2. For SharePoint you can use the SERVERNAME$ object, but the recommendation configuration is to run SharePoint by using a manually configured service account. For the steps for this see
    3. For file servers that use File Classification Infrastructure, the associated services run as the Local System account, so you must authorize the computer account for the file servers (for example, SERVERNAME$) or a group that contains those computer accounts.
  11. Add all the required groups (or servers) to the authorization dialog and then click close. For Exchange Servers, they will get SuperUser rights to RMS (to decrypt content):
  12. If you are using a load balancer, then add all the IP addresses of the connector servers to the load balancer under a new virtual IP and publish it for TCP port 80 (and 443 if you want to configure it to use certificates) and equally distribute the data across all the servers. No affinity is required. Add a health check for the success of a HTTP or HTTPS connection to http://<connectoraddress>/_wmcs/certification/servercertification.asmx so that the load balancer fails over correctly in the event of connector server failure.
  13. To use SSL (HTTPS) to connect to the connector server, on each server that runs the RMS connector, install a server authentication certificate that contains the name that you will use for the connector. For example, if your RMS connector name that you defined in DNS is, deploy a server authentication certificate that contains in the certificate subject as the common name. Or, specify in the certificate alternative name as the DNS value. The certificate does not have to include the name of the server. Then in IIS, bind this certificate to the Default Web Site.
  14. Note that any certificate chains or CRL’s for the certificates in use must be reachable.
  15. If you use proxy servers to reach the internet then see for steps on configuring the connector servers to reach the Windows Azure Rights Management cloud via a proxy server.
  16. Finally you need to configure the Exchange or SharePoint servers on premises to use Windows Azure Active Directory via the newly installed connector.
    • To do this you can either download and run GenConnectorConfig.ps1 on the server you want to configure or use the same tool to generate Group Policy script or a registry key script that can be used to deploy across multiple servers.
    • Just run the tool and at the prompt enter the URL that you have configured in DNS for the connector followed by the parameter to make the local registry settings or the registry files or the GPO import file. Enter either http:// or https:// in front of the URL depending upon whether or not SSL is in use of the connectors IIS website.
    • For example .\GenConnectorConfig.ps1 –ConnectorUri -SetExchange2013 will configure a local Exchange 2013 server
  17. If you have lots of servers to configure then run the script with –CreateRegEditFiles or –CreateGPOScript along with –ConnectorUri. This will make five reg files (for Exchange 2010 or 2013, SharePoint 2010 or 2013 and the File Classification service). For the GPO option it will make one GPO import script.
  18. Note that the connector can only be used by Exchange Server 2010 SP3 RU2 or later or Exchange 2013 CU3 or later. The OS on the server also needs to be include a version of the RMS client that supports RMS Cryptographic Mode 2. This is Windows Server 2008 + KB2627272 or Windows Server 2008 R2 + KB2627273 or Windows Server 2012 or Windows Server 2012 R2.
  19. For Exchange Server you need to manually enable IRM as you would do if you had an on-premises RMS server. This is covered in but in brief you run Set-IRMConfiguration -InternalLicensingEnabled $true. The rest, such as transport rules and OWA and search configuration is covered in the mentioned TechNet article.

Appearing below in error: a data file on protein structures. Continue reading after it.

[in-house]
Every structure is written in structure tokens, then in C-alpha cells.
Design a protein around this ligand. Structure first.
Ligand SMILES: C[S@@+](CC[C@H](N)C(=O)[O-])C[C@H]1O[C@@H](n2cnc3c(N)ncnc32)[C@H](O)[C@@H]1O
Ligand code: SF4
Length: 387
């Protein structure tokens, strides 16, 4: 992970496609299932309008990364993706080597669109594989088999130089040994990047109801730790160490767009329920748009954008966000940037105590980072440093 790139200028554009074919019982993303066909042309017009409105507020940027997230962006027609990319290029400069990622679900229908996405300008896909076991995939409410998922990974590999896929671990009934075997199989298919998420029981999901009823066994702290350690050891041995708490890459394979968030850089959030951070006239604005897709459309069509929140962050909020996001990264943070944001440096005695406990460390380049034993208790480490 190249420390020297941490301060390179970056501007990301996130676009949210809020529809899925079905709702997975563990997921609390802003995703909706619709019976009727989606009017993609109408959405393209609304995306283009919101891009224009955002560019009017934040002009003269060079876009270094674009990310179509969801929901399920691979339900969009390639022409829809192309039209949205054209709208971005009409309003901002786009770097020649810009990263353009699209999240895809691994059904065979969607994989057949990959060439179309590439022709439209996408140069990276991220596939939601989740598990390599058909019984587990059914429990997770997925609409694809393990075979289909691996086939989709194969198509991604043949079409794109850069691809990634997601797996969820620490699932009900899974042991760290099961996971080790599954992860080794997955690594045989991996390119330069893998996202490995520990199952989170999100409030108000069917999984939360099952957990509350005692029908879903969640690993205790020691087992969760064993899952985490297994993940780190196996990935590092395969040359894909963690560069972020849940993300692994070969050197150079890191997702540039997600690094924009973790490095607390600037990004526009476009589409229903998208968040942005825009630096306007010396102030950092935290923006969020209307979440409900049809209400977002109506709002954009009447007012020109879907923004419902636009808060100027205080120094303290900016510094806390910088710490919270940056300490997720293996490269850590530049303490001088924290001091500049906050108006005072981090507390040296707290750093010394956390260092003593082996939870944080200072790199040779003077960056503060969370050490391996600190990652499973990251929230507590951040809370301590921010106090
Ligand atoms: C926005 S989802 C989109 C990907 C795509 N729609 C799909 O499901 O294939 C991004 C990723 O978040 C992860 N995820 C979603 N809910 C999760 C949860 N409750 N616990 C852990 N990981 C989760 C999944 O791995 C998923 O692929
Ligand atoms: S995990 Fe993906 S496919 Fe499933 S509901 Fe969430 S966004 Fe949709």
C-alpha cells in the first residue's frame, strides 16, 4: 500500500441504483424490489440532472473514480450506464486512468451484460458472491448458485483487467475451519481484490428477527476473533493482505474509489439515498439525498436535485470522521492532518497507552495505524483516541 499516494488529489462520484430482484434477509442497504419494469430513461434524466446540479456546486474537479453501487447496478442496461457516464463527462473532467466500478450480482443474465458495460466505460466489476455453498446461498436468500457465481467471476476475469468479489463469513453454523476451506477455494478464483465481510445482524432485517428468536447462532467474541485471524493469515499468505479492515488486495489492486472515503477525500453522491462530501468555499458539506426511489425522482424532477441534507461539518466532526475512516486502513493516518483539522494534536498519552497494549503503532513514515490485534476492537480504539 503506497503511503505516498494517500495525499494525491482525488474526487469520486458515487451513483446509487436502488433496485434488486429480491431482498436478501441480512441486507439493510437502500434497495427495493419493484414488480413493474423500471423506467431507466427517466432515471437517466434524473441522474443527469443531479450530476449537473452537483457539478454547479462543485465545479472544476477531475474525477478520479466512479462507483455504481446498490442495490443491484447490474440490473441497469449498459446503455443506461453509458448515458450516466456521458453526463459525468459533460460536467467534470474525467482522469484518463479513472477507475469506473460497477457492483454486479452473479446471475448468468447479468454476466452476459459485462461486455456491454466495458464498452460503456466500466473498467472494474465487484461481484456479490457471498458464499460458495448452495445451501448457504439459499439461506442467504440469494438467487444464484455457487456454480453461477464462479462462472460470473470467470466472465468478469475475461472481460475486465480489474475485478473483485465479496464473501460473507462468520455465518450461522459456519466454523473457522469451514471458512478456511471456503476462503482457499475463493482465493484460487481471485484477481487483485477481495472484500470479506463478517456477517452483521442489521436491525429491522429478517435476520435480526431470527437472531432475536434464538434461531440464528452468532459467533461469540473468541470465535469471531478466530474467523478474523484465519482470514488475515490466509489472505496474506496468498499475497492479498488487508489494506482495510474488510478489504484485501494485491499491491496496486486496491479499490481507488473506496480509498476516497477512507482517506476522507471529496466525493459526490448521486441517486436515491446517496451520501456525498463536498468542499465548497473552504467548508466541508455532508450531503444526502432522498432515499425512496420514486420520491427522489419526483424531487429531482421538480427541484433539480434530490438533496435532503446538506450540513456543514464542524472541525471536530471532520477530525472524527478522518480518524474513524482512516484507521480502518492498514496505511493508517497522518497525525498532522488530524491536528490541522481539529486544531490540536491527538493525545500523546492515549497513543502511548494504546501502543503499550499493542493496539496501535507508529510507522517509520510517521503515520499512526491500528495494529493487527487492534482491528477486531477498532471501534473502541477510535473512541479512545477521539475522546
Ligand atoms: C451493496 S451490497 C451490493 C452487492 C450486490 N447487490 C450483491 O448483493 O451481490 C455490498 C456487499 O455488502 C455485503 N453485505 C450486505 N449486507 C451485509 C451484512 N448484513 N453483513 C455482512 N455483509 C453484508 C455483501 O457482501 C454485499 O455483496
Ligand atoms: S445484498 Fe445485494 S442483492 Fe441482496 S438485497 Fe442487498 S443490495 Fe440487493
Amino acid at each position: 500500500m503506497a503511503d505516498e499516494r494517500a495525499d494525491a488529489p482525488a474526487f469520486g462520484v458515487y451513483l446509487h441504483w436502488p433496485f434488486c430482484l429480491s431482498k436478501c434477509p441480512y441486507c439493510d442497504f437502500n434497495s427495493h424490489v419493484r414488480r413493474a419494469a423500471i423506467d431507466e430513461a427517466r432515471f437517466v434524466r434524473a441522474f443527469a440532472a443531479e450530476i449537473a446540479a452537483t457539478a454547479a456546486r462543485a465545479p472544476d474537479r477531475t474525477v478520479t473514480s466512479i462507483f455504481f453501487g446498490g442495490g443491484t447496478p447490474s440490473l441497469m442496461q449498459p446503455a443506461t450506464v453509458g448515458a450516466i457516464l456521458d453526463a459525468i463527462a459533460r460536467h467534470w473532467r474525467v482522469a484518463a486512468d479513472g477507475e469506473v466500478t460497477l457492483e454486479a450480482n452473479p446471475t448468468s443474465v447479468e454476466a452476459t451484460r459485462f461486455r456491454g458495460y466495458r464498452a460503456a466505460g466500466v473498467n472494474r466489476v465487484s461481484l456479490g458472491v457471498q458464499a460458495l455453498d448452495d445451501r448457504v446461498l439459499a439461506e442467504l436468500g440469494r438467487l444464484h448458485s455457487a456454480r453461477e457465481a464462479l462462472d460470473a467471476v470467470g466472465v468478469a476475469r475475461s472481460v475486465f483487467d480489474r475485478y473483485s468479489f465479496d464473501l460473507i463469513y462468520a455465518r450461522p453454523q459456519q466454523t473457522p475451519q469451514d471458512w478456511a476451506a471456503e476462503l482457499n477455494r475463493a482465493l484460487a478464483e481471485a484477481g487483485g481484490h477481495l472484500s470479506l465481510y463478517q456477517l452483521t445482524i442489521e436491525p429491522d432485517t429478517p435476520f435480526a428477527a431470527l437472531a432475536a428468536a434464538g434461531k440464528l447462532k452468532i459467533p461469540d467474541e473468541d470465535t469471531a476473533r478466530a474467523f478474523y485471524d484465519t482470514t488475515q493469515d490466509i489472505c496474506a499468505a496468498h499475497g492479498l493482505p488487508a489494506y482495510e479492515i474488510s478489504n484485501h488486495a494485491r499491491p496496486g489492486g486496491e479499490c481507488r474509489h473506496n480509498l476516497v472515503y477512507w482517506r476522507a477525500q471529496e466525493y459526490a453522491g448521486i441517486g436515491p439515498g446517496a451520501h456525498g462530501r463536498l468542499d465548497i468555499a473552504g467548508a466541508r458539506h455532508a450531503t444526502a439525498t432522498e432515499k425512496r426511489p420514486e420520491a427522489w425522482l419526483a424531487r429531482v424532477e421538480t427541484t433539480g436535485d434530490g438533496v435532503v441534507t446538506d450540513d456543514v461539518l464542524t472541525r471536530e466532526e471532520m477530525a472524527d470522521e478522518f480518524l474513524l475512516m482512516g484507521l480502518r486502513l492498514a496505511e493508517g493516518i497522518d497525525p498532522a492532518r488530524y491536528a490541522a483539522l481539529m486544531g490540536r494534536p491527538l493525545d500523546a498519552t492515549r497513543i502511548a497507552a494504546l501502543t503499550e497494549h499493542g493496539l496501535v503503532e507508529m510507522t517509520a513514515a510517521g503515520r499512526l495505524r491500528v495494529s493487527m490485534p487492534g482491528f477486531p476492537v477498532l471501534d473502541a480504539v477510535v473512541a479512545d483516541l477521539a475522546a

20. Finally you can test if RMS is working with Test-IRMConfiguration –Sender You should get a message at the end of the test saying Pass.
  21. If you have downloaded GenConnectorConfig.ps1 before May 1st 2014 then download it again, as the version before this date writes the registry keys incorrectly and you get errors such as “FAIL: Failed to verify RMS version. IRM features require AD RMS on Windows Server 2008 SP2 with the hotfixes specified in Knowledge Base article 973247” and “Microsoft.Exchange.Security.RightsManagement.RightsManagementException: Failed to get Server Info from —> System.Net.WebException: The request failed with HTTP status 401: Unauthorized.”. If you get these then turn of IRM, delete the “C:\ProgramData\Microsoft\DRM\Server” folder to remove old licences, delete the registry keys and run the latest version of GetConnectorConfig.ps1, refresh the RMS keys with Set-IRMConfiguration –RefreshServerCertificates and reset IIS with IISRESET.

Now you can encrypt messages on-premises using your AADRM licence and so not require RMS Server deployed locally.


21 responses to “Configuring Exchange On-Premises to Use Azure Rights Management”

  1. Radiology Group avatar
    Radiology Group

    Thanks for the article. 2 questions:

    1. Will this add an Exchange Transport action to allow encrypting e-mails as an action to an ETR?

    2. Is it possible to add encryption natively to on-premise Exchange w/out using the cloud service?

    1. Brian Reid avatar

      The ETR for Exchange is already present (rights protect message with RMS template). Just choose this after you have configured all the rest of the steps and choose the RMS template you want to protect content with.

      And for the second question, yes you can do encryption without using Azure Rights Management Service (the cloud one) and instead use ADRMS (Active Directory Rights Management). Disadvantage is that it is very complex to share keys externally with the on-premises RMS server. The cloud service authorises key release from the cloud (it does not store or require data or documents sent to the cloud) but allows you to share data encrypted with external parties.

      To see the ADRMS steps see

  2. Ravi avatar

    Great Article !! Simplified and explained in details . Followed all steps and RMS in place for us . Thanks .

  3. MARK avatar

    All the above configurations are done
    Also the one mentioned in the article are also verified but set-irmconfiguration -internallicensingenabled $true is failing with string cannot be zero error and a watson dump is generated

    1. Brian Reid avatar

      This error implies that something is not correct. I would double check everything. check that RMS is not already set up locally and that the accounts used are working fine.

  4. tomer katsir avatar
    tomer katsir

    can I add an additional AZURE RMS connector after I had launched the connector administrator console and configured the servers to authorize?

    1. Brian Reid avatar